For the first time in a long time, the conditions are right for hopeful first homebuyers to strike and get their foot on the ladder.
Over the past 18 months, house prices have slid in many major capital cities, making property more affordable than it has been in four or more years. This is especially the case in Sydney and Melbourne.
There are signs of a recovery looming, though, with buyer activity starting to lift as well as a confidence in the broader market.
All of this is coupled with a huge drop in interest rates, an easing of lending restrictions and an increase in rents in some major cities, means the time to get into your first home is now.
Lower prices and minimal competition
Median home values in Sydney and Melbourne have fallen by double digits since the peak of the boom in late 2017. When prices started to slide, buyers ran for cover, leaving behind eager vendors with very few potential buyers.
Prices in Australia’s two largest cities are now roughly back to where they were in 2015.
In other major markets like Brisbane and Adelaide, there wasn’t a lot of movement either up or down. Things held steady, due to an undersupply of new dwellings and a pretty moderate amount of buyer activity.
So, generally speaking, we have a situation where property is cheaper and there’s not a lot of competition for it. Vendors are willing to make a deal.
But, and it’s a big but, there are signs that the market is coming alive.
For the first time since 2017, median dwelling values in Sydney and Melbourne increased last month. Sure, it was by less than one per cent, but it was a monthly rise after many months of declines.
Auction clearance rates are up, time on market is dropping and banks are reporting positive signs when it comes to new mortgages.
The window to get the absolute most bang for your first homebuyer buck could be closing.
Banks are coming to the party
Since the end of the boom, banks have struggled to entice new customers given not as many were buying property.
On top of that, the embarrassment of the banking royal commission saw many opt for smaller or independent lenders rather than the Big Four. And for a triple whammy, the financial regulator made a number of changes to policy to make it harder to get a home loan.
Now, banks are back in business and fighting hard to get customers.
They’re offering incredible deals, interest rate discounts and package features.
The financial regulator has eased its restrictions and dropped the strict criteria for home loan customers.
And the banks are making changes to show they’ve learned from their mistakes in the wake of the royal commission.
Of course, we’ve also had two cash rate cuts from the Reserve Bank, which most of the major lenders have passed in full, or very close to full.
Not only is it easier to get a loan, but it’s cheaper to service it.
Gap between rent and mortgage repayments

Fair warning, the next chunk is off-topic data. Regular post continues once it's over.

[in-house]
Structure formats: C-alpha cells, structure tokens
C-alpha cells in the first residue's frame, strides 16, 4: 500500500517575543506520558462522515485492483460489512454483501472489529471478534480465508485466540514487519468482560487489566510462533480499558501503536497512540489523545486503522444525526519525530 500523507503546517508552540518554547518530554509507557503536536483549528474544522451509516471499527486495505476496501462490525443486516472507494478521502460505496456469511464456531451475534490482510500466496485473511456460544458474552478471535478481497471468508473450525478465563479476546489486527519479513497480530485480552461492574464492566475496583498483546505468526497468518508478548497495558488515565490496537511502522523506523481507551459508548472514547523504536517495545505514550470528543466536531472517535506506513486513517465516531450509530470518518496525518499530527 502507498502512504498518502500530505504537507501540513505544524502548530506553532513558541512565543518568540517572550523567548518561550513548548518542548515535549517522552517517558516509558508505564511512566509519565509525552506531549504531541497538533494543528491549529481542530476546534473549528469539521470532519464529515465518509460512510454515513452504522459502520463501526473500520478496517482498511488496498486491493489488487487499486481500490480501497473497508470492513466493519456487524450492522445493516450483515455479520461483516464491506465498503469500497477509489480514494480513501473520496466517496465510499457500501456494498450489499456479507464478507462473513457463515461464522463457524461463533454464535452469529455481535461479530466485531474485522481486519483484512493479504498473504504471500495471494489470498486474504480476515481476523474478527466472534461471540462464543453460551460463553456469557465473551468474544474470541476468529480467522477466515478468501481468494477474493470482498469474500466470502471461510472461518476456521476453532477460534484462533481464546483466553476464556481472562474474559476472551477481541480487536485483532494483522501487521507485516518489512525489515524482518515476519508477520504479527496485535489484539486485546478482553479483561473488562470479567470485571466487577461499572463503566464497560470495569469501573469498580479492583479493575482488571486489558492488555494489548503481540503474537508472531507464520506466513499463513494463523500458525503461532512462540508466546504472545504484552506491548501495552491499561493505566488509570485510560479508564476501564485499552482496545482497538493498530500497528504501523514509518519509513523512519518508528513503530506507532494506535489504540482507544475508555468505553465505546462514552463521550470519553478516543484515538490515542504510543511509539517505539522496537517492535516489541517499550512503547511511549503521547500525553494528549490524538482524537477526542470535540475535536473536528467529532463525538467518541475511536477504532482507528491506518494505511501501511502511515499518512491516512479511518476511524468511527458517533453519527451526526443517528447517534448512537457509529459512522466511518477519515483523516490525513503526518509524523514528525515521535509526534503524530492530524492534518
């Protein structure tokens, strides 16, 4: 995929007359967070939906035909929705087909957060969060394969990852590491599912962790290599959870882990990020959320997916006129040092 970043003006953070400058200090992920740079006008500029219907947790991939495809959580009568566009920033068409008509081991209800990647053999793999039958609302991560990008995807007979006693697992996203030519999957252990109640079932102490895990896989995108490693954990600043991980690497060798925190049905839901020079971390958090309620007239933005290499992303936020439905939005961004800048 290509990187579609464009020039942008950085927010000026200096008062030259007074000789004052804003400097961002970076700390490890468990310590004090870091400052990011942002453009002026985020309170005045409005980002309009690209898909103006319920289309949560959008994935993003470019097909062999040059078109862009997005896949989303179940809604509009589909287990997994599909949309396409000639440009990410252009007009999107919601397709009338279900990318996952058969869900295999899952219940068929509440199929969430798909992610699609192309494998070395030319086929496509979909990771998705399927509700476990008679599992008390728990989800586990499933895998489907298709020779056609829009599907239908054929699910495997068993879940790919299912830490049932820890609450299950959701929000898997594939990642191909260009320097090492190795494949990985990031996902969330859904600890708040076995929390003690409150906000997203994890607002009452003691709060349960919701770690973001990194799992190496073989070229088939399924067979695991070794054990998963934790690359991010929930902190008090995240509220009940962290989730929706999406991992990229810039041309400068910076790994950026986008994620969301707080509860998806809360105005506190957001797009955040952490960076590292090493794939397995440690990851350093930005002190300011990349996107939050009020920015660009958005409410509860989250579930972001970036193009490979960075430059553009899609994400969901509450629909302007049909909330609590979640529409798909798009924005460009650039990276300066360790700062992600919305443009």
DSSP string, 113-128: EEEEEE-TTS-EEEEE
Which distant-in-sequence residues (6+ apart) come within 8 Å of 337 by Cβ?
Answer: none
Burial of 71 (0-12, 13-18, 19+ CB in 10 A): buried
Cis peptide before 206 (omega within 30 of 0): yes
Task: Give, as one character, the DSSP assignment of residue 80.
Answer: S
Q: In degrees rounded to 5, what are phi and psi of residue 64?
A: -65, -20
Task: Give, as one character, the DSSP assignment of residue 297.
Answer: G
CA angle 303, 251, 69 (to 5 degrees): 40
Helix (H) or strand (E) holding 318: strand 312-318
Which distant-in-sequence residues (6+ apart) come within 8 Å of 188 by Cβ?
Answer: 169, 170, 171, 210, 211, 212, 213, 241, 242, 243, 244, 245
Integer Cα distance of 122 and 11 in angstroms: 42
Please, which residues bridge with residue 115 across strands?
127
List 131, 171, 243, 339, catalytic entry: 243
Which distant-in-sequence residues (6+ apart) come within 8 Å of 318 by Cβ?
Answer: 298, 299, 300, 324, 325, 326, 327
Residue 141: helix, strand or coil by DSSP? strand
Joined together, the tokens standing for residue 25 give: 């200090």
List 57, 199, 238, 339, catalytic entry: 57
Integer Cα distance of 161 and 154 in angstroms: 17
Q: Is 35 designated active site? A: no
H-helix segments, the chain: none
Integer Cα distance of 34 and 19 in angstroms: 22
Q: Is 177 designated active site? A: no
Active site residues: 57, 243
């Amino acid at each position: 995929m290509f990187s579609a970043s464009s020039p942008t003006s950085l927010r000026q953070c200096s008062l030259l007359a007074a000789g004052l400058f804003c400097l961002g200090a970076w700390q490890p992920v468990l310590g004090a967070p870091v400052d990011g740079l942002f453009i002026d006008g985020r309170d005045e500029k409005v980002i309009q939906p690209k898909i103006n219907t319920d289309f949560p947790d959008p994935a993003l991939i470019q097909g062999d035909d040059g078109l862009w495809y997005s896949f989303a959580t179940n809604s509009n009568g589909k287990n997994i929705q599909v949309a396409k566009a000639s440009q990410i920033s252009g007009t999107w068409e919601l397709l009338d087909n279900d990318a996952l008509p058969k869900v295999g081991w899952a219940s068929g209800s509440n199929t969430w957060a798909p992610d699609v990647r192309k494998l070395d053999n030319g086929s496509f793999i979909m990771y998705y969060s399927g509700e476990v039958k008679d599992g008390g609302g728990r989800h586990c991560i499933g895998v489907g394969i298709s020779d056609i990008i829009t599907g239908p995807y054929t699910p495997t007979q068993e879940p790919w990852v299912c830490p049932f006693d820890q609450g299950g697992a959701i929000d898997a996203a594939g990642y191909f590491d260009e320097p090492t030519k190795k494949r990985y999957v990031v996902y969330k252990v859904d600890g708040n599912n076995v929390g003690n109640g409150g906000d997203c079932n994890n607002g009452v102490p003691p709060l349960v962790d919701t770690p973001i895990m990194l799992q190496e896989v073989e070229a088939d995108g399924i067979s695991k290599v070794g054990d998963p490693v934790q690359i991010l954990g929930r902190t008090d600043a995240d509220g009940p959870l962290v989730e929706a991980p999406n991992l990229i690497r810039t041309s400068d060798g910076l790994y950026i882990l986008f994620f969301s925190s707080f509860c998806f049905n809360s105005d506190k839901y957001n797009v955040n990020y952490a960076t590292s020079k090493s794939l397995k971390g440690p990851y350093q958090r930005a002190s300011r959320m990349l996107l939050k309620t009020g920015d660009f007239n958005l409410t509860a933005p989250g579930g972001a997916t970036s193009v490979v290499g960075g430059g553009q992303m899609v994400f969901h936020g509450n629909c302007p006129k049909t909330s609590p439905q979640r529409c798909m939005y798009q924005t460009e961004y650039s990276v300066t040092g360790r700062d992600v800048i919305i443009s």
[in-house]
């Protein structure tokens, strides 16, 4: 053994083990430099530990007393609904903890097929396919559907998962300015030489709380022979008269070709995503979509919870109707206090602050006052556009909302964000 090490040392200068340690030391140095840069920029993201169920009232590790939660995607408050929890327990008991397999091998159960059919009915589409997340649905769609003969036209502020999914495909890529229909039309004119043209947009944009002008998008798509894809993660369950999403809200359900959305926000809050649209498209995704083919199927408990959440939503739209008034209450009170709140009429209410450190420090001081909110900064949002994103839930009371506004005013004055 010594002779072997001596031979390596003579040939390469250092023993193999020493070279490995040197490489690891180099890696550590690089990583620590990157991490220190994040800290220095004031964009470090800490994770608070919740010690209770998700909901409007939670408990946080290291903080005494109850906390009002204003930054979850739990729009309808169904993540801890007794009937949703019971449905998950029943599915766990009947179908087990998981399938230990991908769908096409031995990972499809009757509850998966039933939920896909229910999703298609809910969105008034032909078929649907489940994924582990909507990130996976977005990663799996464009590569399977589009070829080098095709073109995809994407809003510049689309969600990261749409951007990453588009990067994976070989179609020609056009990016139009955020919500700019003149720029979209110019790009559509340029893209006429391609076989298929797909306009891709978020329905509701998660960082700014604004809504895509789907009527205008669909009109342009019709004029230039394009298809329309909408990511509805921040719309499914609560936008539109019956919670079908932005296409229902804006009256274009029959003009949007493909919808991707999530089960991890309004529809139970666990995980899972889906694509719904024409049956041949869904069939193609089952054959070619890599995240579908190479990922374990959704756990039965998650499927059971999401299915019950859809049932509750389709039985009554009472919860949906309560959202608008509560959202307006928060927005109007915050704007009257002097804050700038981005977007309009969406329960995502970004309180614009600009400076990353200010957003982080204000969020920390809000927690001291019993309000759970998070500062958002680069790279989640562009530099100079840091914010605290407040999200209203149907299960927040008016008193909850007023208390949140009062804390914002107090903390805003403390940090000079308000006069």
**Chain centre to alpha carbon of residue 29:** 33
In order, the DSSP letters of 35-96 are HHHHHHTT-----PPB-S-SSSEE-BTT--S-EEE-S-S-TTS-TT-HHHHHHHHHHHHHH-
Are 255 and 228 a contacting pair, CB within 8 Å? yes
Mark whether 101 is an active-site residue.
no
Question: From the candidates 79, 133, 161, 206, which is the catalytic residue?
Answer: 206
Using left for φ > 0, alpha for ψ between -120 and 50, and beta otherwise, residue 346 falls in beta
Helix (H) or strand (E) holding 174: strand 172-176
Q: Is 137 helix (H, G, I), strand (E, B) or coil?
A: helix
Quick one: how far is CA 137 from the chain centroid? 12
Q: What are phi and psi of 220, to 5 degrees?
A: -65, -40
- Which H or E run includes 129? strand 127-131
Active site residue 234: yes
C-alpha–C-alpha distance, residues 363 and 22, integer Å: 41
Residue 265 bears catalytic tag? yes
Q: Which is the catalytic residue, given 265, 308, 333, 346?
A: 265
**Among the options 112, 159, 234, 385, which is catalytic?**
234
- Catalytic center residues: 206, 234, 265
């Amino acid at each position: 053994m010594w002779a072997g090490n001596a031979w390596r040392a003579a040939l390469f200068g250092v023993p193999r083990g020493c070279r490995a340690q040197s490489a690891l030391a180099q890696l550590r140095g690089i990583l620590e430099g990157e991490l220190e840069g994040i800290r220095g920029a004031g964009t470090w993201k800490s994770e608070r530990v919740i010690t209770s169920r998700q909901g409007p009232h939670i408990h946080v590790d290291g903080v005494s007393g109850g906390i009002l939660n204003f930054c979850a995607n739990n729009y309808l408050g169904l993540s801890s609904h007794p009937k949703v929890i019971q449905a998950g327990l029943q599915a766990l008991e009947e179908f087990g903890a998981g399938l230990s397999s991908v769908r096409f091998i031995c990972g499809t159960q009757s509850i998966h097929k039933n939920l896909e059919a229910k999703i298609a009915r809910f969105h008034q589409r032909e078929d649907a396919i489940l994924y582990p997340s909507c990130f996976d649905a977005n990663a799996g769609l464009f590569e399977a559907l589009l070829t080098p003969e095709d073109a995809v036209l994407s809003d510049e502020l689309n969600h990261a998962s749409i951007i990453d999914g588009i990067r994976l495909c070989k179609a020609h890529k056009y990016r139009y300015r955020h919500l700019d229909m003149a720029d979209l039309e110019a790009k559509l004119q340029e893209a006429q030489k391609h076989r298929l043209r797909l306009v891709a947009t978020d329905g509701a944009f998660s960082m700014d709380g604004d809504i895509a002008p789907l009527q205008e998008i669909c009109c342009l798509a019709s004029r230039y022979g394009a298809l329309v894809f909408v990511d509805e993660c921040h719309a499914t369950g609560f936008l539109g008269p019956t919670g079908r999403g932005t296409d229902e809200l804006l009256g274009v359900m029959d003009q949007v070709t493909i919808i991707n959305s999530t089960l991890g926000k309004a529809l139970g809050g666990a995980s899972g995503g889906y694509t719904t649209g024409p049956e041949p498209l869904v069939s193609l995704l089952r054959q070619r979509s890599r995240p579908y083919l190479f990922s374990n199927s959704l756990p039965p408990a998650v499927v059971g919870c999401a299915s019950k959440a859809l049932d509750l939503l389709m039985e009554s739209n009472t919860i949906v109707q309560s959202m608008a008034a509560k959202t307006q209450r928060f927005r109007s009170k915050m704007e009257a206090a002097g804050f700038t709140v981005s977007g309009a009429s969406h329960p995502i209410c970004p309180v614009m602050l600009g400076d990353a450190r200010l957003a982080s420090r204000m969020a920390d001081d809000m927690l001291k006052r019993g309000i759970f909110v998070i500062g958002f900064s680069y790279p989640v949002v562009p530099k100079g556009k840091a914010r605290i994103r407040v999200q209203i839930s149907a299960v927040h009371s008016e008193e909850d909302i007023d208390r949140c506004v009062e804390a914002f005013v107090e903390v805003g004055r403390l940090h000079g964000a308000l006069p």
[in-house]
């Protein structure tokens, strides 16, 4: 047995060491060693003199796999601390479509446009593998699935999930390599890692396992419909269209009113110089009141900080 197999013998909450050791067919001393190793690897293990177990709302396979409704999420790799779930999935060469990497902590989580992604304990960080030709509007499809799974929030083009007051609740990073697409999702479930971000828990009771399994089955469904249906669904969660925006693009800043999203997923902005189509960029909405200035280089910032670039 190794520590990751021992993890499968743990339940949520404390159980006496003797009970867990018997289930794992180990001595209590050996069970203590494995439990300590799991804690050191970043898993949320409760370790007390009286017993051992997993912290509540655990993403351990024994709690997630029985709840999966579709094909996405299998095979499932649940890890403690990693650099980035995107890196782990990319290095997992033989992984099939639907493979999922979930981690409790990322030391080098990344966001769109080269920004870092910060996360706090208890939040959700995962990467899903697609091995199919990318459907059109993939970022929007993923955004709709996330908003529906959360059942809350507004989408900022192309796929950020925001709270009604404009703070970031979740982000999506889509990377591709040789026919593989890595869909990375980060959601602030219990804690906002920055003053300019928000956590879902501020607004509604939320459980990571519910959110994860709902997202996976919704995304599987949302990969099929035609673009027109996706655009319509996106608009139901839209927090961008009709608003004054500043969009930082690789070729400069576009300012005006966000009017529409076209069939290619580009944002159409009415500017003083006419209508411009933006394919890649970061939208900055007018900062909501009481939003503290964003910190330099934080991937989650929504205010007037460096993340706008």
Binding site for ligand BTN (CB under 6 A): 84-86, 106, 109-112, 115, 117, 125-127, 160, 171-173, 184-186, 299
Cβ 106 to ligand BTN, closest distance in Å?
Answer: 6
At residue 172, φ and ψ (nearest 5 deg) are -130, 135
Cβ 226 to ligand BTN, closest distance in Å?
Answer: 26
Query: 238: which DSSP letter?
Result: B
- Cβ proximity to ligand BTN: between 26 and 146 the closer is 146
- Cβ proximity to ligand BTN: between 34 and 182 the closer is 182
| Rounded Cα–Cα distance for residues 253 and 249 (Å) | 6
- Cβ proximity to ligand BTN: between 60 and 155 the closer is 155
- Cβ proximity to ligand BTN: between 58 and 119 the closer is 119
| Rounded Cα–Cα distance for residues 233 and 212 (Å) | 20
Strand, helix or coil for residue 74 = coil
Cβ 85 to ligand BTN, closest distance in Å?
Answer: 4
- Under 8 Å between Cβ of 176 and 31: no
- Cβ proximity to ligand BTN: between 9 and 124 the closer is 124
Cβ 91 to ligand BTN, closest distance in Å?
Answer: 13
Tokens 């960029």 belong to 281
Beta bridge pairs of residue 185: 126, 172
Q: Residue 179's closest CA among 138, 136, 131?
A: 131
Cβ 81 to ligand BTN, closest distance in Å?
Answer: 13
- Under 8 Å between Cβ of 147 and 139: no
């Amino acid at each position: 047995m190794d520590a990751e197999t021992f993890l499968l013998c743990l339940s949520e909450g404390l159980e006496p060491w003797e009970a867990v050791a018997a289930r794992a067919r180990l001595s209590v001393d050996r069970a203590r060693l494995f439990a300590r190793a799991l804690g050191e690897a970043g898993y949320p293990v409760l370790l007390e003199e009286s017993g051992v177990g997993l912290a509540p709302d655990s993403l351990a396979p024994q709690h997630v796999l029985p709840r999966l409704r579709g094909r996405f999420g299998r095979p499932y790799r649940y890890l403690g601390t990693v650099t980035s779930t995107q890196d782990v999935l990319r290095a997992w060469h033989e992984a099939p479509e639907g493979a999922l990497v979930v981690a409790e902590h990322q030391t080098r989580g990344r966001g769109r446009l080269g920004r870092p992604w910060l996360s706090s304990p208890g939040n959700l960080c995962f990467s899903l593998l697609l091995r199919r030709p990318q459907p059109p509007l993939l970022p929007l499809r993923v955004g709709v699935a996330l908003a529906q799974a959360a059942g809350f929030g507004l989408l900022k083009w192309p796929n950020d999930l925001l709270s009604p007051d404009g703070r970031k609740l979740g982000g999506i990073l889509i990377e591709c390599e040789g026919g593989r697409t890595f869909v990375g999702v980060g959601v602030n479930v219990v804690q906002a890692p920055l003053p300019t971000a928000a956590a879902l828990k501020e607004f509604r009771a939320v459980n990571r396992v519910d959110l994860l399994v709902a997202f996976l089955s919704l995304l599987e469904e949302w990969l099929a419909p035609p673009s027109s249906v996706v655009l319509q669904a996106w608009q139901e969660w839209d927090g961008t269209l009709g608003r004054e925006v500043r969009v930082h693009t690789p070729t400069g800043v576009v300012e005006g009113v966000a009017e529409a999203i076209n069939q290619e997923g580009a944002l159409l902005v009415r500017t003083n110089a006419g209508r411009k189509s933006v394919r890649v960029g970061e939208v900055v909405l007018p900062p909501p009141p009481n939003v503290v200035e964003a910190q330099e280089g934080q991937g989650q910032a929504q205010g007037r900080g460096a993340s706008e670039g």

For the first time in five years, rents are on the increase in Melbourne. In Brisbane, there are also signs that the cost of paying your landlord’s mortgage is about to get more expensive.
In Sydney, rents look to be dropping, which is good news for would-be first homebuyers trying to save a deposit.
But it doesn’t look like that reprieve will last long. There’s been a major lull in new construction starts since the boom finished, so a dramatic undersupply of new dwellings is looming.
The gap between what you fork out in rent and what you pay in mortgage repayments is still a decent-sized one, for sure. But with the drop in house prices and the looming rise in rents, it’s narrowing.
The ingredients are all there
Let’s recap the situation that faces hopeful first-time buyers.
Property is cheaper than it was, with prices dropping to 2015 levels in Sydney and Melbourne and remaining affordable in Brisbane and Adelaide.
Competition is scarce, and vendors are keen to make a deal, but there are signs that won’t be the case for long.
Interest rates have plummeted. Banks are willing to bend over backwards to get your business. The financial regulator has eased its restrictions and wants to make it easier for you to get into your own home.
Rents are rising in Melbourne and Brisbane and won’t drop for long in Sydney. The gap between what tenants pay for someone else’s investment and what a mortgage would cost them to service is narrowing.
And, as economists forecast, the market will bottom soon before eventually beginning its recovery. The chance to buy at a discount before a new period of growth begins is running out.
Now is the time for first homebuyers to seize opportunity.The information provided in this article is general in nature and does not constitute personal financial advice. The information has been prepared without taking into account your personal objectives, financial situation or needs. Before acting on any information you should consider the appropriateness of the information with regard to your objectives, financial situation and needs.
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